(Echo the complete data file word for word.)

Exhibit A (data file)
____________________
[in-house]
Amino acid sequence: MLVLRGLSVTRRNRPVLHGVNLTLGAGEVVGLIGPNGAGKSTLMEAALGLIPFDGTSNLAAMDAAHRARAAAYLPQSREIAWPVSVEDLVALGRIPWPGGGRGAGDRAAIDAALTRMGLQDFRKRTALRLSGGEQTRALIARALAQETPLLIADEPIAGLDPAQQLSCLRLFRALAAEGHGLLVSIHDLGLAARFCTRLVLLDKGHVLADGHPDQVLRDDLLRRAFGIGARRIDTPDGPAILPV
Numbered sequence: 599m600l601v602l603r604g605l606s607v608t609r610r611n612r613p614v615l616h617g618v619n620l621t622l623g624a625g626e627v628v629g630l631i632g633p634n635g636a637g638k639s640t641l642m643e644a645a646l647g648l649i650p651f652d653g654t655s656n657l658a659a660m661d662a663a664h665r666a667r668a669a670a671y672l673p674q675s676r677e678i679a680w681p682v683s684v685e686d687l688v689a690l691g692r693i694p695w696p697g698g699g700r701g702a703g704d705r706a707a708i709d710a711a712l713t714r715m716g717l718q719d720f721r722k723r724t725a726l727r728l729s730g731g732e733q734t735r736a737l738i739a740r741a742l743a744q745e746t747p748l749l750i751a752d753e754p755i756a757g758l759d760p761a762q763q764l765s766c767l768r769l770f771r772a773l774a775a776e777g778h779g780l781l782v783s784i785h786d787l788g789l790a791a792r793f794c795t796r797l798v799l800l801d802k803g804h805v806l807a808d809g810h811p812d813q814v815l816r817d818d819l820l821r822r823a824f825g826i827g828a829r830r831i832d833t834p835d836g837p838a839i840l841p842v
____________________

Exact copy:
[in-house]
Amino acid sequence: MLVLRGLSVTRRNRPVLHGVNLTLGAGEVVGLIGPNGAGKSTLMEAALGLIPFDGTSNLAAMDAAHRARAAAYLPQSREIAWPVSVEDLVALGRIPWPGGGRGAGDRAAIDAALTRMGLQDFRKRTALRLSGGEQTRALIARALAQETPLLIADEPIAGLDPAQQLSCLRLFRALAAEGHGLLVSIHDLGLAARFCTRLVLLDKGHVLADGHPDQVLRDDLLRRAFGIGARRIDTPDGPAILPV
Numbered sequence: 599m600l601v602l603r604g605l606s607v608t609r610r611n612r613p614v615l616h617g618v619n620l621t622l623g624a625g626e627v628v629g630l631i632g633p634n635g636a637g638k639s640t641l642m643e644a645a646l647g648l649i650p651f652d653g654t655s656n657l658a659a660m661d662a663a664h665r666a667r668a669a670a671y672l673p674q675s676r677e678i679a680w681p682v683s684v685e686d687l688v689a690l691g692r693i694p695w696p697g698g699g700r701g702a703g704d705r706a707a708i709d710a711a712l713t714r715m716g717l718q719d720f721r722k723r724t725a726l727r728l729s730g731g732e733q734t735r736a737l738i739a740r741a742l743a744q745e746t747p748l749l750i751a752d753e754p755i756a757g758l759d760p761a762q763q764l765s766c767l768r769l770f771r772a773l774a775a776e777g778h779g780l781l782v783s784i785h786d787l788g789l790a791a792r793f794c795t796r797l798v799l800l801d802k803g804h805v806l807a808d809g810h811p812d813q814v815l816r817d818d819l820l821r822r823a824f825g826i827g828a829r830r831i832d833t834p835d836g837p838a839i840l841p842v